In February, DOE released the beta version of a user-friendly tool that estimates the cost-effectiveness of a residential energy efficiency program based on a program administrator’s inputs. Public utility commissions, and therefore utilities, use cost-effectiveness tests as one screen for determining funding decisions. Program designers, policy makers, utilities, architects, and engineers might also find the tool useful for refining, enhancing, or supporting residential energy efficiency programs.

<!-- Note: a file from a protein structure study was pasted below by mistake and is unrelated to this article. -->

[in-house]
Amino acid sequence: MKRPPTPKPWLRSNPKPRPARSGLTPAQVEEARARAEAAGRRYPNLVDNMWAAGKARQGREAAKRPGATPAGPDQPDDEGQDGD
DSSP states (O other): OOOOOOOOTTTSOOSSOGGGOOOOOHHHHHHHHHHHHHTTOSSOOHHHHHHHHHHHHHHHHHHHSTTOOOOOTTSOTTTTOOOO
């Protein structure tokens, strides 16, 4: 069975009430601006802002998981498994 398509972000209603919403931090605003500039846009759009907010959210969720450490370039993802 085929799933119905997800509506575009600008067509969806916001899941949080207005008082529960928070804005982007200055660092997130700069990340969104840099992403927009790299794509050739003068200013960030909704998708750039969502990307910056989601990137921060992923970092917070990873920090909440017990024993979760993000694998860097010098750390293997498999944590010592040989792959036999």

This tool uses a single set of inputs to calculate the cost-effectiveness of implementing deep home energy efficiency upgrades and individual measures across the five most common cost-effectiveness tests. Program administrators can use the tool to view results for up to five different project types (i.e., measures implemented) at once and identify the number of homes to be targeted for residential upgrades over an entire program cycle. The tool easily allows users to view differences in results following changes to key inputs, to help identify the most significant factors affecting cost-effectiveness.